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Wet Corn: Storage and Late Harvest Options

Updated August 12, 2020
Professional headshot of Sara Bauder

Sara Bauder

SDSU Extension Forage Field Specialist

With a very challenging harvest in many parts of south and southeastern South Dakota this year, farmers were faced with difficult decisions. Wet, unfrozen ground in many areas and high grain moisture forced many farmers had to make a decision: harvest the wet grain, or let it stand in the field.

Winter Standing Corn Considerations

A snow-dusted corn stand.
Some corn has been left in the fields due to the uncooperative weather conditions.

At this time of year, there typically is not any significant field drying that will occur in corn (Table 1). Most farmers are well aware of the risks that come with leaving corn standing over the winter, hoping corn stalks and cob shanks withstand winter winds and snows, so that a dryer harvest can occur in the spring. Losses from leaving corn standing over the winter vary greatly depending upon many factors like variety selection, field management, and weather. When making late harvest decisions, it is important to take the economic comparison of storing and drying high moisture corn versus field losses and damage to wet soils into consideration.

Table 1. Estimated Corn Field Drying based upon NDSU data.

  EMC (%) PET (in) Est. Drying (%pt)
      Month Week
Sep 15 4.0-5.0 18 4.5
Oct 16 2.8-3.5 11-12 2.5
Nov 19 0.8-1.2 4-5 1
Dec 20 0.5-0.8 2 0.5
Jan 21 0.5-0.8 2 0.5
Feb 21 0.5-0.9 3 0.8
Mar 19 1.3-1.6 5 1
Apr 16 3.2-4.5 16 4
May 14 6.5-8.5 30 7

PET: Potential Evapotranspiration (based on factors similar to those that affect drying)
EMC: Equilibrium Moisture Content (indication of expected corn moisture content to which corn will dry in the field)
Source: K. Hellevang, NDSU.


If snow melts and soils allow, some farmers may opt to harvest yet this winter. In such a case, before harvesting, consider estimating the cost of propane if high heat drying is in the plans. According to Dr. Kenneth Hellevang: “To estimate the propane cost of drying per bushel per point of moisture removed, multiply the propane price per gallon by 0.02. For example, the cost to remove 10 points of moisture using $1.50 propane is $0.30 per bushel. Dividing the propane cost by the corn price provides the percentage of corn losses that will equal the drying cost ($0.30 divided by $3.50 equals 9%). Also, verify the impact on insurance of leaving the corn in the field.”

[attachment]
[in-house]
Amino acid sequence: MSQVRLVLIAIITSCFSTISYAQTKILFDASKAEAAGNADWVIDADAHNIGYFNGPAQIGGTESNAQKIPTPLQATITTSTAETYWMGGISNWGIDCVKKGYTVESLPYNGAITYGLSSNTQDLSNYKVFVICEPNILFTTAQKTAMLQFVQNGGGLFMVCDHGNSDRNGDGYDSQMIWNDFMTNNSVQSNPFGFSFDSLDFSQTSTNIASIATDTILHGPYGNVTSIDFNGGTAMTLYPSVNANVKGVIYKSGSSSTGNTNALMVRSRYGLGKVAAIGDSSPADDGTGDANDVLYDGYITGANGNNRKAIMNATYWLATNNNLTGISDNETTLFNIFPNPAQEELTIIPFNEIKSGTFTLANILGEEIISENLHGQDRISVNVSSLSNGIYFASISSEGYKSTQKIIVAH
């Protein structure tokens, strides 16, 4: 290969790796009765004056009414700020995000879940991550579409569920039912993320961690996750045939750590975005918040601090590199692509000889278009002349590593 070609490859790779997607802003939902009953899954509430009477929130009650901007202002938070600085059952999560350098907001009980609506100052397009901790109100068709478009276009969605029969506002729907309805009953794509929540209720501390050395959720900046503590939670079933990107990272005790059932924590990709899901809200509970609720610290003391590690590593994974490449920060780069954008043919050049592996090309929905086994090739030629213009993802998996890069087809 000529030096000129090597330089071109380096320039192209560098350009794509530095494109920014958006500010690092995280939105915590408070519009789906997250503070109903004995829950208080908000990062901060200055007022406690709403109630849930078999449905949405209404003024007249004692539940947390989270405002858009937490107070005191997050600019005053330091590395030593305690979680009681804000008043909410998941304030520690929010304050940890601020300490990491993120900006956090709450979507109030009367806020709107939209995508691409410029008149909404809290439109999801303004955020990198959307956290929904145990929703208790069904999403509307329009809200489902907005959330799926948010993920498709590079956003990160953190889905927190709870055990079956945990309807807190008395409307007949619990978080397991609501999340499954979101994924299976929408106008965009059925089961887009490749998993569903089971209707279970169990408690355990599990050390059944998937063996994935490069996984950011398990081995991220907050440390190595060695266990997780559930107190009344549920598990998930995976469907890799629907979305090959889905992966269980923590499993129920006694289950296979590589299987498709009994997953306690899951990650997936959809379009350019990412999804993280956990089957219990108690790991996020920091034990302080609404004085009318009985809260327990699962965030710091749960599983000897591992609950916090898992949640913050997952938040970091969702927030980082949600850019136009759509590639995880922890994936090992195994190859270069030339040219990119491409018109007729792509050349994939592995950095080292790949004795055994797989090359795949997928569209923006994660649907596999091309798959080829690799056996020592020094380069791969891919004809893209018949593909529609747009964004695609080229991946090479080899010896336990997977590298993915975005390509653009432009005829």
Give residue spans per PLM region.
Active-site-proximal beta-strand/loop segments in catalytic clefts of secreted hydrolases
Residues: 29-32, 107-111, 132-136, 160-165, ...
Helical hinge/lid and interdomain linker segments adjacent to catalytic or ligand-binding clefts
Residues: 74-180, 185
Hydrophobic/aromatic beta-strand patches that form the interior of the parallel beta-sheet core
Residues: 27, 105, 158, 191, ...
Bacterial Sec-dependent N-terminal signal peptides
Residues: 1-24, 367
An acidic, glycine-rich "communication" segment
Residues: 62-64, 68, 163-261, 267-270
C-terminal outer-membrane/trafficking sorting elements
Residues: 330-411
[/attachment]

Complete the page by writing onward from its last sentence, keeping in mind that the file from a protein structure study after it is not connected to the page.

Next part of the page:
There are a few exceptions to this rule however:

  • Newer dryers with saturators and vacuum cooling might improve efficiencies.
  • ‘Wet points’ do tend to come off easier than the dry points. For example, 14% moisture is harder to reach from 19% and will take more energy on average than drying corn from 25 to 20%.

Watching Wet Corn in Storage

A grain storage bin.
Bin temperature should be monitored and maintained throughout the whole bin.

Although there are still fields in the southern part of the state with corn still standing, one can assume there is also a fair amount of relatively wet corn in storage. With high moisture corn, bin temperature is extremely important and should be monitored in various parts of the bin on a weekly basis at minimum. Probe around the bin using a grain thermometer in several places, allowing the thermometer several minutes to equalize before moving to the next site. If you detect heating in the grain or there is more than a 5-8 degree difference in temperature between any two areas in the bin, run the aeration fan immediately (Dorn, UNL).

The goal of binning high moisture corn is to freeze the corn over the winter, keeping the temperature between 20-30°F.

  1. Holding very high moisture corn (22-24%) is possible in the bin but extreme care should be taken to avoid spoilage. Monitoring temperature and keeping it near 20°F throughout the bin is key. Grain at this high moisture level will likely need to be ran through a high temperature dryer by early March when temperatures begin to rise. On average, the south bin wall receives more than twice as much daily total solar energy heating in February than it does in June, making temperature monitoring imperative (Hellevang, NDSU).
  2. Corn from 19-21% moisture allows the operator to choose between high heat drying or natural air drying if the proper equipment is available. As spring approaches, grain should be monitored, and a drying decision should be made.
    • When using natural air drying, it is extremely important that access to the proper fan size is available, or suitable drying will not occur. For assistance determining required airflow rate and fan size necessary for your bin see the U of M Fan Selection Program.

Other Tips

When using fans to cool grain or maintain temperatures in the winter, care should be taken to avoid bringing moisture back into the bin. Turning fans off and keeping them covered during periods of precipitation or fog can help ensure quality of grain. In addition, leaving extra air space in bins and leveling off grain can also help ensure that grain is frozen evenly throughout the bin. To test corn moisture, be sure to allow grain to warm up to at least 40°F for an accurate moisture meter reading.

Although it’s been a tough harvest year in many parts of southern South Dakota, farmers still have grain storage options that can help maintain quality over the winter as long as bins are checked regularly and precautions are taken to avoid spoilage as spring temperatures draw closer.

Resources and References:

Related Topics

Harvesting Corn